Lived experience matters: Week one reflection
By Mark Heintz
Aug 25, 2020

This post is part of a larger series. I started this series with the course syllabus and I encourage you to take a look it before moving forward to get a greater context of what is going on here. You can read it by click here.

Lived Experience Matters: Week one

Student contributors: Anonymous and Jonathon

As schools start, the phrase “This year is different,” has been stated over and over again. Besides the remote teaching, this year is different for me specifically because it is the first year I am co-teaching. I am incredibly fortunate to be paired with Jim Pfeiffer. While I was nervous to be co-teaching with someone for the first time and doing it virtually, it so far has been amazing. Already the two of us have gotten in a rhythm and having two people facilitating a virtual learning environment has been incredibly powerful.

Since every school is coordinating classrooms differently, I wanted to add some context on our structure: We are meeting our students virtually in 70 minute blocks of time. In the first week of school — the week I’m writing about — we saw our human geography freshmen in two sessions, this week we will see them three times. Each week will switch back and forth between two or three 70 minute sessions.

What isn’t new this year is my belief that student voice is critical in schools. They should have a voice in what we do and how to make the class better. Last year I attempted to have every student give me feedback and this year I will continue to make that same effort. This is the first post with their voice as the central theme.

Overview of the week as told by Anonymous and Jonathon

This week in class we started out our days with going over the daily schedule as a class so the students know what we’re doing for the day. We read an article called “What do you mean by learning?” After we finished reading the article we had a worksheet on finding the source, author, context, and point of views. Also, on the worksheet we had to write what learning looks like and what learning does not look like. We had many conversations together as a class discussing the questions. Even though a lot of people don’t like doing e-learning because of all of the technology we figure out ways to fix the problems when they occurred.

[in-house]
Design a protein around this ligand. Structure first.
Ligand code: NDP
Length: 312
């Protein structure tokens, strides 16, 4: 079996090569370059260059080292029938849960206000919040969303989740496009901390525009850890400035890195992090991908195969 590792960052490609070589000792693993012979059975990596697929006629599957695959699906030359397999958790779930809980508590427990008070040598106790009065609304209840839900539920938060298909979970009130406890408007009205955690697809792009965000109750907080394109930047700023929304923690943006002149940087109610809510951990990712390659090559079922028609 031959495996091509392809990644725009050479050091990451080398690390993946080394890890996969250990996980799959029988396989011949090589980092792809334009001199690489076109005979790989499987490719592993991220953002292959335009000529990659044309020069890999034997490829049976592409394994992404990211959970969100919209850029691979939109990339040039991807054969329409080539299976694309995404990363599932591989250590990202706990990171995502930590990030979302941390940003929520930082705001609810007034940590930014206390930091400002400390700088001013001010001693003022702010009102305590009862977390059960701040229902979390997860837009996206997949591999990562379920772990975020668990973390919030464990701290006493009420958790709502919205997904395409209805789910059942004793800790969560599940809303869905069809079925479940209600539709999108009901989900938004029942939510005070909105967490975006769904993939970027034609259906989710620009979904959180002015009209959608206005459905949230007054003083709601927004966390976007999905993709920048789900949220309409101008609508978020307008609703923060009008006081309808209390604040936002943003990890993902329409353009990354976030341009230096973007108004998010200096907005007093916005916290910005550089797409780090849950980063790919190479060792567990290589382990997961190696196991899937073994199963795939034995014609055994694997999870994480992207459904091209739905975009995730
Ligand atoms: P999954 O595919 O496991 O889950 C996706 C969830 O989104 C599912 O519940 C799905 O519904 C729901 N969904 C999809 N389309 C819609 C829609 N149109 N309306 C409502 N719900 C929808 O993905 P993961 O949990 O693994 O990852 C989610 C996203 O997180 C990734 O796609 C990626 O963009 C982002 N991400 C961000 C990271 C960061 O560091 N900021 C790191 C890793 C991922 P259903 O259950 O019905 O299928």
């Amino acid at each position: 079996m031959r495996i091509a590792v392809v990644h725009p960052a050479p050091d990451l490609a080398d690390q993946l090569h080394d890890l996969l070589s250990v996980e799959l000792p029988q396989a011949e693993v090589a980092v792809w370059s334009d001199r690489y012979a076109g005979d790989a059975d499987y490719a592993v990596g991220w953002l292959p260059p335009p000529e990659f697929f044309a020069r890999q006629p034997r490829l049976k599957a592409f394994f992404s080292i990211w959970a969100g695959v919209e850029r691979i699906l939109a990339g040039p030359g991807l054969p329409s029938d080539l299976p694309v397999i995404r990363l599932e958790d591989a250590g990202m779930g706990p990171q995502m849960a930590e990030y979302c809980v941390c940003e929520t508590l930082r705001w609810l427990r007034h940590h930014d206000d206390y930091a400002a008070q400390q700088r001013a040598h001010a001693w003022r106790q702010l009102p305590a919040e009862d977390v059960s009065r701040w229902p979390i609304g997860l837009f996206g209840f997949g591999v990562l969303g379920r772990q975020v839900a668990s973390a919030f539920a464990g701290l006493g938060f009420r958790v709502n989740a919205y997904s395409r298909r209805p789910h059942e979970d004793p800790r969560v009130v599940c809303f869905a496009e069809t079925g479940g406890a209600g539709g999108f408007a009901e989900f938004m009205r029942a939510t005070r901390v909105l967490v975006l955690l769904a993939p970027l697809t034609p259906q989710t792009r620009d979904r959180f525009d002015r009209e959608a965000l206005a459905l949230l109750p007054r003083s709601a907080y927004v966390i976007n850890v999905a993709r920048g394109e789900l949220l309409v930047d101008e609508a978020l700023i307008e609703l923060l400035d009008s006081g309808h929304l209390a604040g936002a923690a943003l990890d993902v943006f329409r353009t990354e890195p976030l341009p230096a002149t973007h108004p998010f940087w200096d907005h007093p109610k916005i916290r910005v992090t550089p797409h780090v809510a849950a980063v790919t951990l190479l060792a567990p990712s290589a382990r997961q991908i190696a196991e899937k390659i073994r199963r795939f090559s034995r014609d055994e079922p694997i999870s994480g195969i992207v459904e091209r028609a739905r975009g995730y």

How have you grown as a learner this year? 

The school year just started so I don’t really have anything planned yet and mostly because everything is online its even harder. I’ve grown as a learner this year because I started to ask more questions when I got confused.

What are we doing well in class?

I like the way that you break us up into groups and let us talk to new people and we are doing well in having conversations.

What do you wish we were doing? Suggestions to make the class better.

Maybe we could do more breakout rooms so other kids could feel more comfortable with their class and talk more and get more ideas.

My thoughts and next steps

The conversations were amazing this week. The students dove into the sourcing of the article. And it helped that I was the source, but more importantly that Jim Pfieffer did a read aloud for part of the reading.  As he was questioning my writing in front of the students.

We were practicing exactly what we wanted to do in the course! The students saw that all writing should be questioned. They saw that two teachers who are teaching the same course, in the same building, didn’t agree nor completely understand one another. Him reading aloud the first paragraph disarmed the students and allowed for deep question in the first two days that typically wouldn’t happen if it were just me.

What were really doing was decentralizing our authority and the authority of any source. We were bringing in critical race theory that rejects neutrality and objectivity.  This understanding of perspective, point of view and detail is something I have never explored in the first week. It’s incredibly encouraging that the students rose to the challenge.

Furthermore, the basis of this course is learning. I stated it first in the syllabus and it is the first thing we are doing in our class. Everything we put in the learning part of the chart is our focus and we asked the students to tell us when we are doing something that was on the learning isn’t side of the chart.

The students highlighted that when reading someone’s thoughts on any topic experience matters. They came up with that, we cannot deny someone’s lived experience. Additionally, when someone has experience with which they are writing about, it adds value to the perspective.

That understanding is high-level, rigorous, in-depth critical thinking. I’m excited to see where the students go from here.





%d bloggers like this: